Other general impressions:
  • Love Kayla, but so does everyone else. She'll be fine.
  • Also love Caitlin and I'm a bit more concerned about how she'll do this week. On an unrelated note, am I the only one who thinks she looks like Amy Smart? Like her partner too. That Bollywood number last week was incredible.
  • The only major change of heart I've had between last week and this one was for Jonathan and his partner uhh... whatsherface. They were AWESOME. I had him totally pegged as a mediocre ballroom dancer, then in comes this incredible choreographer from SYTYCD Canada and her infallible "Falling Slowly" song choice and brings the couple back to life. I feel badly that I don't remember the girls' name (Karla...there!)
  • Speaking of Karla, she's fast becoming another of my favorites, she made absolutely no impression on me last week and suddenly comes out of the woodwork with the contemporary number. And lo and behold, she's also an accomplished hip-hopper who dances in a crew! Fun!
  • So, other recaps have been calling Lil C's reviews rambling and incoherent, but I was pretty impressed with his philosophical reviews of dances. And his amazing vocabulary. Nice.
  • Love Melissa and Ade, too. But didn't fully appreciate their performance the first time, changing my attitude after the reviews and the recap. Is this bad? At least I can claim that the bf came home during this and I felt compelled to talk even though I'd really rather have just shushed everyone till it was finished...
Had to add this photo because (1) it's HILARIOUS. This dude looks so young.. and (2) because he and his partner are first dancers of the season to win me over from skepticism or pure dislike.

At any rate, it'll be interesting to see who leaves tomorrow. These reality shows are awfully time consuming with the two night performance-then-elimination format and if I watch them at all I typically skip the performance night and watch the group numbers, recaps and special guests on the results show. But this show is my drug and I can't seem to do that. Addicted.

I do kind of wish that they'd keep the show to once a year. I think that the buildup of waiting SO long between seasons is part of what makes the show so great (you know, that and the enthusiastic, talented - HOT - dancers and fun costumes and music). But as with all things, absence makes the heart grow fonder. I hope this multiple seasons per year thing doesn't kill it for me. Also, I would really like my Wednesday and Thursday nights back. My social life would suffer if this happened twice a year. :)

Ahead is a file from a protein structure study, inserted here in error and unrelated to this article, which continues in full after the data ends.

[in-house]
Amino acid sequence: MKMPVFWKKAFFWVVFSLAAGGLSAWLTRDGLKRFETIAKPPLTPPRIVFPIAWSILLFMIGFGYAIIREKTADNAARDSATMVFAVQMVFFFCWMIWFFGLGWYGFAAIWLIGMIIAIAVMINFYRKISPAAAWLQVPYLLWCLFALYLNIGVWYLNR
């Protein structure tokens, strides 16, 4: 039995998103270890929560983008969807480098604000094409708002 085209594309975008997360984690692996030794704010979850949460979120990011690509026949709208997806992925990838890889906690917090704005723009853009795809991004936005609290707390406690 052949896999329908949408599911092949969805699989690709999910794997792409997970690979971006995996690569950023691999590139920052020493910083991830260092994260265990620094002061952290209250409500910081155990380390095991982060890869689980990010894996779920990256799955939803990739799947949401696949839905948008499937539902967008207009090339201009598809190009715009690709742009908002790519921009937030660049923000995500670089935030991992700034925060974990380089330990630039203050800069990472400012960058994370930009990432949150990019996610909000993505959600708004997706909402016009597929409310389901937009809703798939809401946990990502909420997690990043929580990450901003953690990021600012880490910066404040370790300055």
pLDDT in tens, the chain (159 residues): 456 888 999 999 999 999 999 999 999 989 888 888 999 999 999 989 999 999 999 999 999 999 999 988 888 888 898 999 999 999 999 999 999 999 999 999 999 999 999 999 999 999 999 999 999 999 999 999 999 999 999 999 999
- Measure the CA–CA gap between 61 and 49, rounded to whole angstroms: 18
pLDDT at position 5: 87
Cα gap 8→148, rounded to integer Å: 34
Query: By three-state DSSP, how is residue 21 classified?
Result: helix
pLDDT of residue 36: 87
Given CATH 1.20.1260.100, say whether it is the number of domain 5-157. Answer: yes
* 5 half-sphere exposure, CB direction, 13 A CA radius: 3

I really, really, REALLY want to take couples dancing lessons. After the start of this show and a fun Nashville visit, I'm convinced.

Friday, May 22, 2009

ANOTHER new favorite show

Glee... I'd been meaning to watch this one after seeing some previews online and totally forgot about it. Fortunately FOX has the sneak peak episode online in it's entirety - complete with a player that plays the entire show, not annoying seven minute segments. Only a few, FOX related quick commercial interruptions, too. Nice.

Glee doesn't come until the fall but I loved the preview episode. After watching SYTYCD, I was on a musical/dance high and Glee did a great job of keeping that going. The series doesn't air in full until sometime in the fall, but I'm thinking it will be a nice nicotine patch for the end of the dancing show.

This kind of entertainment totally improves my mood. I love shows like that - ones that totally distract you from reality, sucking you in to some other universe where everyone is an amazing dancer, the music is great and there are sequins and glittery costumes everywhere :)

Thursday, May 21, 2009


My show starts tonight! Best dance show on T.V... best reality show on T.V., in my opinion. It's been a crazy, stressful month(s) but with this show signals the start of summer and consistently entertaining Thursday night entertainment until fall. Woot!

Thursday, May 7, 2009